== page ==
As pandemic lockdowns continue to ease, booming demand for freight transportation has pushed orders for new, Class 8 trucks over the last six months near its all-time high, according to a report released Friday from ACT Research.
Fleets have seen rising freight rates caused by constrained freight capacity, and so are rushing to invest in a hot market, pushing truck demand near its peak in the six-month period ending October 2018, the Columbus, Indiana-based firm said.
ACT described the market as “not quite as good as it gets yet, but awfully close,” saying it expects growth trends to continue as the U.S. economy heads toward a red-hot forecast of 6.4% gross domestic product (GDP) growth in 2021.
“Unlike that October 2018 period, where the seeds of the cycle’s fall had already been planted with tariffs and trade wars, the economy is carrying considerable pent-up industrial and consumer demand with stimulus program(s) adding fuel to the fire,” Kenny Vieth, ACT Research’s president and senior analyst, said in a release. “While freight growth is expected to moderate, as consumer spending patterns begin to revert to more traditional levels of goods spending relative to services, both GDP and freight activity are expected to remain elevated.”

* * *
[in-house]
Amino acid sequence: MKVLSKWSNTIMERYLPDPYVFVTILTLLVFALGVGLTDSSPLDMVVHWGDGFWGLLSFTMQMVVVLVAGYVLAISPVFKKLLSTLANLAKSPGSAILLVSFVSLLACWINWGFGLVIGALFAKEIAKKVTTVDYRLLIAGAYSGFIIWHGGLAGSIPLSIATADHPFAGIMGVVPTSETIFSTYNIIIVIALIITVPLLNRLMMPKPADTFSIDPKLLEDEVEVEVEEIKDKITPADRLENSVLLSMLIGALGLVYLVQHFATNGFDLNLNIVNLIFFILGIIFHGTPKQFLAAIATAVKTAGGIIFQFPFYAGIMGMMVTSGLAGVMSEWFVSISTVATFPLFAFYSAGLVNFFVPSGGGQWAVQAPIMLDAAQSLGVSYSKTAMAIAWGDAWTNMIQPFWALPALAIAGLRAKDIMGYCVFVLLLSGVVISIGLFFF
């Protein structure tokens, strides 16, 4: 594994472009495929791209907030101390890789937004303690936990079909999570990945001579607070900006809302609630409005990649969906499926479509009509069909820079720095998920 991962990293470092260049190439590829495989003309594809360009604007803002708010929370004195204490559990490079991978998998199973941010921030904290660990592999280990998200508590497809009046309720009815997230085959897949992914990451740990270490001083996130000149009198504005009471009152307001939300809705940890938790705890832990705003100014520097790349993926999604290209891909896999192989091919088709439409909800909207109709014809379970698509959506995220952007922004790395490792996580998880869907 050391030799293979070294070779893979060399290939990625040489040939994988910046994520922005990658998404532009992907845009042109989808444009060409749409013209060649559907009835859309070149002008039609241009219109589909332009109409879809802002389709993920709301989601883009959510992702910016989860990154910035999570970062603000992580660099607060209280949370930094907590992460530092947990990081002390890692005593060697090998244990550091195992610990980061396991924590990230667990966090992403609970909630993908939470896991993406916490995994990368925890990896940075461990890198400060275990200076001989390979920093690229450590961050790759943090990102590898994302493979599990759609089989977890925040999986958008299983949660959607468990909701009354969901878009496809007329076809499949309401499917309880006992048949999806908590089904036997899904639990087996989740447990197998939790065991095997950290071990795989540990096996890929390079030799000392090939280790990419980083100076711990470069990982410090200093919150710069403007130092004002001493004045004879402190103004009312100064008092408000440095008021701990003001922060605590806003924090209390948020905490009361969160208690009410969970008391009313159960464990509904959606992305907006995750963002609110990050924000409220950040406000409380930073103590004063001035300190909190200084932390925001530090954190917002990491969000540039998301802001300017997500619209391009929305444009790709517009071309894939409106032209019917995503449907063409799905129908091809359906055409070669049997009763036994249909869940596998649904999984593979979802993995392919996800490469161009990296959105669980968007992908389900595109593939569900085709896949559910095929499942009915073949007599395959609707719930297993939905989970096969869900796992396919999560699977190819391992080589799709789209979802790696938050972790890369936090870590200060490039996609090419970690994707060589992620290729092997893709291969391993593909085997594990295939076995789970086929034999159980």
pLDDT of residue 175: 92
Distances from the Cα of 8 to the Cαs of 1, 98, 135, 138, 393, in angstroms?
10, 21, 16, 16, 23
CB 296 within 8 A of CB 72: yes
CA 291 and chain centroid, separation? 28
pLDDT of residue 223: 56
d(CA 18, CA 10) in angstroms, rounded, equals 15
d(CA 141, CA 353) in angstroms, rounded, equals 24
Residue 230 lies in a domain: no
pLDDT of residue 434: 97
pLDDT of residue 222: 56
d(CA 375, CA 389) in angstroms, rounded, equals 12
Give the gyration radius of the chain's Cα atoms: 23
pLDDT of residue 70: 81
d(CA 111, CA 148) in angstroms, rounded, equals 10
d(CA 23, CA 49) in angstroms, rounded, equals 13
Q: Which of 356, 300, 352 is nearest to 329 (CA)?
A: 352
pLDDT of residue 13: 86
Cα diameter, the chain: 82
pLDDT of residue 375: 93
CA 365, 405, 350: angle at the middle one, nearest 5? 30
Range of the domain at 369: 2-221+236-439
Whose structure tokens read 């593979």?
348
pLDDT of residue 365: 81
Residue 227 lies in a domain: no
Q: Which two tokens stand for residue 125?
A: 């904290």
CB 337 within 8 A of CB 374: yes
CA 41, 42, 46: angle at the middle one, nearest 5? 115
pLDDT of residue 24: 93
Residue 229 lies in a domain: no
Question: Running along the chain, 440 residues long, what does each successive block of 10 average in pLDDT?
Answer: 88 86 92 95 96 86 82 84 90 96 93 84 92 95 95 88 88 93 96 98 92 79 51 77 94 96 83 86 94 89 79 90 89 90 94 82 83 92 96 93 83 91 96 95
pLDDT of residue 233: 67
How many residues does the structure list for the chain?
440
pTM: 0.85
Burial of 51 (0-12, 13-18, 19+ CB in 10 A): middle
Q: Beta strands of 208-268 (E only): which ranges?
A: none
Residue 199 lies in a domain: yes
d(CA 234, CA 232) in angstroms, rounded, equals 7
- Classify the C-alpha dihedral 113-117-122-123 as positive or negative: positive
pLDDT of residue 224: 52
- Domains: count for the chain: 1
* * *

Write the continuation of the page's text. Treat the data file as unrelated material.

The growth spurt also applies to the smaller, medium-duty truck segment, which hasn’t seen such demand since 2006, ACT said.
“With the economy growing in all the right places, freight rates and carrier profits are pushing into record territory. In response, Class 8 orders the past two quarters have driven rapid backlog growth. Stating the obvious, perhaps, the supply chain’s ability to respond will be the key determinant of commercial vehicle production in 2021.”
ACT Research: Net Class 8 Orders Nearing ‘Best Ever’ Statushttps://t.co/Bng0Tnq42V— ACT Research (@actresearch) April 16, 2021